4. Limited transparency in remedies cases

Further engagement can be expected in remedies cases, albeit it is perhaps more limited than one might expect. The reality is that the ISU is not able to explain specifically its national security concerns - for national security reasons - so parties will not receive a document setting out its concerns (equivalent to a Statement of Objections or Issues Statement in a competition or merger control investigation), and so there is limited room to engage meaningfully.

5. Remedies picture taking shape

With the first Notice of Final Order under the Act published in July 2022, the trends in terms of the acquirer countries and sectors of concern are beginning to show signs of correlation. Those most notable are the interest in acquisitions by Chinese individuals or entities, as well as concerns predominantly surrounding the Energy and Military & Dual-Use sectors (though remedies have been imposed in other areas), which reflects our own experience in supporting clients on transactions which raise national security concerns (including those for which remedies have been required). Remedies have to date been of both a behavioural and structural nature, with the likes of information sharing restrictions imposed in some places and majority divestments required in others.

6. Timing of notifications


The ISU allows notification to be made by parties to a relevant transaction before signing provided there is a legitimate and realistic prospect that the transaction will proceed. Should the structure of a transaction change post notification (whether or not clearance has yet been granted), the ISU must be notified of said changes and any associated details. This can be done by emailing the ISU, though it should be borne in mind that depending on the degree of change and the status of the notification, an entirely new notification may be required. As such, there is a balance to be struck between making an early submission versus ensuring that the transaction is sufficiently concrete.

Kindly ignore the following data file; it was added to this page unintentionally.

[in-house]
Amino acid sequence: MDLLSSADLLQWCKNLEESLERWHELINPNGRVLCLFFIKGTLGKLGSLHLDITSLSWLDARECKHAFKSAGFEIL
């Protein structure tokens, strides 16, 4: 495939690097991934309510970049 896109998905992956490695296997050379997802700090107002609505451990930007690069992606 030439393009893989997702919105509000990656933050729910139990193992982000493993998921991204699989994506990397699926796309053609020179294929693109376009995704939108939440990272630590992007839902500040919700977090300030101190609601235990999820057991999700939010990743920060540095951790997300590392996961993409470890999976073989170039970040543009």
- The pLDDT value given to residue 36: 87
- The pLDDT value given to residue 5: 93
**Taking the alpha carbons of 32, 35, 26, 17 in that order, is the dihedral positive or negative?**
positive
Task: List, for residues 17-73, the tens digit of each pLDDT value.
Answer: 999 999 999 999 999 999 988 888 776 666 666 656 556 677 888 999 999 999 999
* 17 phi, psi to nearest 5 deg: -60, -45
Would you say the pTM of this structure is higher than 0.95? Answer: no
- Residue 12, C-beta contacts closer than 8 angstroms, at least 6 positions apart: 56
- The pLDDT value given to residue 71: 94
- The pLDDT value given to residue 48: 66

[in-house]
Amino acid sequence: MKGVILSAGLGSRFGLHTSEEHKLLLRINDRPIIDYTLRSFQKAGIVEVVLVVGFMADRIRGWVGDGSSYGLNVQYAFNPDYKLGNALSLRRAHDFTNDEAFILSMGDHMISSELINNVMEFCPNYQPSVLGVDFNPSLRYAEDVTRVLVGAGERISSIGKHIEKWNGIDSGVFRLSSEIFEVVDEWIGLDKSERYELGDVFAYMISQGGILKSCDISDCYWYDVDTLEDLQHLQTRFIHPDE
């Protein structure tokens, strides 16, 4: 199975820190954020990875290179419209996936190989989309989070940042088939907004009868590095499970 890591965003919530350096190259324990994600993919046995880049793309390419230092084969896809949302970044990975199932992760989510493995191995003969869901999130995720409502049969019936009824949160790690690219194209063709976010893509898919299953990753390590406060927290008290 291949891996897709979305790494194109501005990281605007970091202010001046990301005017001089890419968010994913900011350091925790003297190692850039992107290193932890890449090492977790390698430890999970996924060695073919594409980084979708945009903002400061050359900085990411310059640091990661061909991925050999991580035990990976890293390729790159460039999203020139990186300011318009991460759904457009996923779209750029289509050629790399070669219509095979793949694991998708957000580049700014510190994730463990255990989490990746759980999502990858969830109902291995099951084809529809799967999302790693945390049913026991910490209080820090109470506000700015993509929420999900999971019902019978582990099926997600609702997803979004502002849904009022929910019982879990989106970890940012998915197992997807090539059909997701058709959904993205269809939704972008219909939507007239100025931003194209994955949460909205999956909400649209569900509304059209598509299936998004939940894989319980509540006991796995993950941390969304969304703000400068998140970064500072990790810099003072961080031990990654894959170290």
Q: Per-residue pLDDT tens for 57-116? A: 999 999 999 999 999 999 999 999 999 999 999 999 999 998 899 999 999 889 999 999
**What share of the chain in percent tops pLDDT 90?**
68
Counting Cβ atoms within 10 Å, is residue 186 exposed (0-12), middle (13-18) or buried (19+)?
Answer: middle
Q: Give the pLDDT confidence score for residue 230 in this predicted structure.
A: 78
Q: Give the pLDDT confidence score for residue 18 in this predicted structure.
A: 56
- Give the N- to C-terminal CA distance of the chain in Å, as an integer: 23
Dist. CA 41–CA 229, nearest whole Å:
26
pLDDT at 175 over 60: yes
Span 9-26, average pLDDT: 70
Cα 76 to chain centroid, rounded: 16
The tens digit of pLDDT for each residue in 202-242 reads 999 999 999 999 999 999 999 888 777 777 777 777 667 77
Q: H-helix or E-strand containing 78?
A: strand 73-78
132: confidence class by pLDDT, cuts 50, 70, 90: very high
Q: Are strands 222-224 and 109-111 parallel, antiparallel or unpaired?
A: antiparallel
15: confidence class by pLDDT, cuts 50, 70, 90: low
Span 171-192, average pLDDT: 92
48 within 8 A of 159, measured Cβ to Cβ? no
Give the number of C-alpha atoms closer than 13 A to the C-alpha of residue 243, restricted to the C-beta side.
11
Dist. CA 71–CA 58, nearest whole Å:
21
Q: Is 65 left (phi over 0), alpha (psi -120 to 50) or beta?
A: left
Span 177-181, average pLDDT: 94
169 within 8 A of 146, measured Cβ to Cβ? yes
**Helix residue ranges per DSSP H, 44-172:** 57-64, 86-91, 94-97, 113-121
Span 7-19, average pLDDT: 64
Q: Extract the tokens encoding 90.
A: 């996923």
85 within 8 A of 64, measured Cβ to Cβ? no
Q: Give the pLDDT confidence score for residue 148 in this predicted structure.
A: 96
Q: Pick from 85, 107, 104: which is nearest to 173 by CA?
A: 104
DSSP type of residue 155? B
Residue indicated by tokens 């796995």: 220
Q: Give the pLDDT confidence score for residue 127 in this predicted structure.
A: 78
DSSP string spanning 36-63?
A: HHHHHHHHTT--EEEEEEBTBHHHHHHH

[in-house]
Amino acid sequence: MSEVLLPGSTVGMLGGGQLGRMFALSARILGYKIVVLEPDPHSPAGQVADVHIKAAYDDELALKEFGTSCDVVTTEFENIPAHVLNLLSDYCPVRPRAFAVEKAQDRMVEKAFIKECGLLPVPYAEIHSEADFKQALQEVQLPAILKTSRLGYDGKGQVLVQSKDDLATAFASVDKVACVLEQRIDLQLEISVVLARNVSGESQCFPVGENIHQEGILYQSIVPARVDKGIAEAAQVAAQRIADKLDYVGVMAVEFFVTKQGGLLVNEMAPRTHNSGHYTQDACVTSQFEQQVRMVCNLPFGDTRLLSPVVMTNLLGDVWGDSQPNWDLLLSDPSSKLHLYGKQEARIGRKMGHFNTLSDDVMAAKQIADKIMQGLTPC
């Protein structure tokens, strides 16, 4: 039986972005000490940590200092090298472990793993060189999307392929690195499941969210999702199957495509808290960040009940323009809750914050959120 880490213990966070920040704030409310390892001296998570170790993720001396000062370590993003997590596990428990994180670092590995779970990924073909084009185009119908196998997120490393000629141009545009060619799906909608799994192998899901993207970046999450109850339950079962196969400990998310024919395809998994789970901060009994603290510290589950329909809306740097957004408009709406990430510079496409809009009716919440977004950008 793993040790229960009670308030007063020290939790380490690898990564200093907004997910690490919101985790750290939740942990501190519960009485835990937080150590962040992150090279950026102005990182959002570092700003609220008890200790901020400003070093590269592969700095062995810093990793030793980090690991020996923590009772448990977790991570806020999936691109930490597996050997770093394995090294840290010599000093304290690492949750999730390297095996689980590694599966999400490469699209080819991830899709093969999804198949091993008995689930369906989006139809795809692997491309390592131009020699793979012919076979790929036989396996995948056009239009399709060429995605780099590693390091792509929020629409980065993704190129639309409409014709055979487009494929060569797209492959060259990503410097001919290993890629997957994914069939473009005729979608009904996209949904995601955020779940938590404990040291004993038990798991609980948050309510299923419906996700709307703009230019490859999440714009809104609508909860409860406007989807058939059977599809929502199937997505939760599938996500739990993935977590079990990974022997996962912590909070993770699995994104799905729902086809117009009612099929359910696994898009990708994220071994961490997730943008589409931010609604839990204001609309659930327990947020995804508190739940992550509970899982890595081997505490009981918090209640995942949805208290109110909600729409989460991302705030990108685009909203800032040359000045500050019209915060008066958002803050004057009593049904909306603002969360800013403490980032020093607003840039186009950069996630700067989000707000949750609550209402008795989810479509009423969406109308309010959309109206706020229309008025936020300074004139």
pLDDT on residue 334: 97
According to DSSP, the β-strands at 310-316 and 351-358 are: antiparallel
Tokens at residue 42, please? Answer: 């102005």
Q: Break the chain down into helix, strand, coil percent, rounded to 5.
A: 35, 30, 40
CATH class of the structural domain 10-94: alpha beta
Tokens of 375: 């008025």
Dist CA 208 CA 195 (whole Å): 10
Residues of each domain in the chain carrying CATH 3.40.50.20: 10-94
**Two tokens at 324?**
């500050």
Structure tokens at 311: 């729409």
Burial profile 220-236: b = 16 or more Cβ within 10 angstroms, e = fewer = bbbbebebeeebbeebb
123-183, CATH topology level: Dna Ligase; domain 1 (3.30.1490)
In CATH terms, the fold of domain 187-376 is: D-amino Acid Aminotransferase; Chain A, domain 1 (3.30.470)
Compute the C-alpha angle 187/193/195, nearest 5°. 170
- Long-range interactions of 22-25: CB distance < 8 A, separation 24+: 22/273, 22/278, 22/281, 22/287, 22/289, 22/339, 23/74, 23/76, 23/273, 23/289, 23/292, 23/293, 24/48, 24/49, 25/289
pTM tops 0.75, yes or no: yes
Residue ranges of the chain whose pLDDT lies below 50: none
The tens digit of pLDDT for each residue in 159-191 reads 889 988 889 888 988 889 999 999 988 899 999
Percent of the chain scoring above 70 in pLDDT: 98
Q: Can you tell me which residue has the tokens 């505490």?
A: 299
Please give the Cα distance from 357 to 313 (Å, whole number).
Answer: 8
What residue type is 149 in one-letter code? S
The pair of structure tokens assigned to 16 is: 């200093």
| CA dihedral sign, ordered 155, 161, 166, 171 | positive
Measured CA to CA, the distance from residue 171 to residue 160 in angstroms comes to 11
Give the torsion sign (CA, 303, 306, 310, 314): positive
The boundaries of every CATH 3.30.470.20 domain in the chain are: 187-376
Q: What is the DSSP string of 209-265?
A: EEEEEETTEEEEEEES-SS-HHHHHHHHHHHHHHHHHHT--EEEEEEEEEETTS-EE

Final thoughts

The Act and the wider regime is still in its infancy. Despite our experience to date, the future will no doubt bring further revelations as to the application of the Act to transactions. A further report on progress will be published in March 2023, and we expect further guidance on the operation of specific issues during the course of the year.

The key takeaway is that businesses should continue to consider the possible application of the Act early in any transaction process, and should be aware of the breadth of the regime and its sector definitions. In the majority of cases, it will be a relatively painless process to manage, however early engagement will ensure everything runs smoothly.

For further resources on Foreign Investment and National Security regimes visit our hub, or get in touch with your usual Eversheds Sutherland contact or those listed below: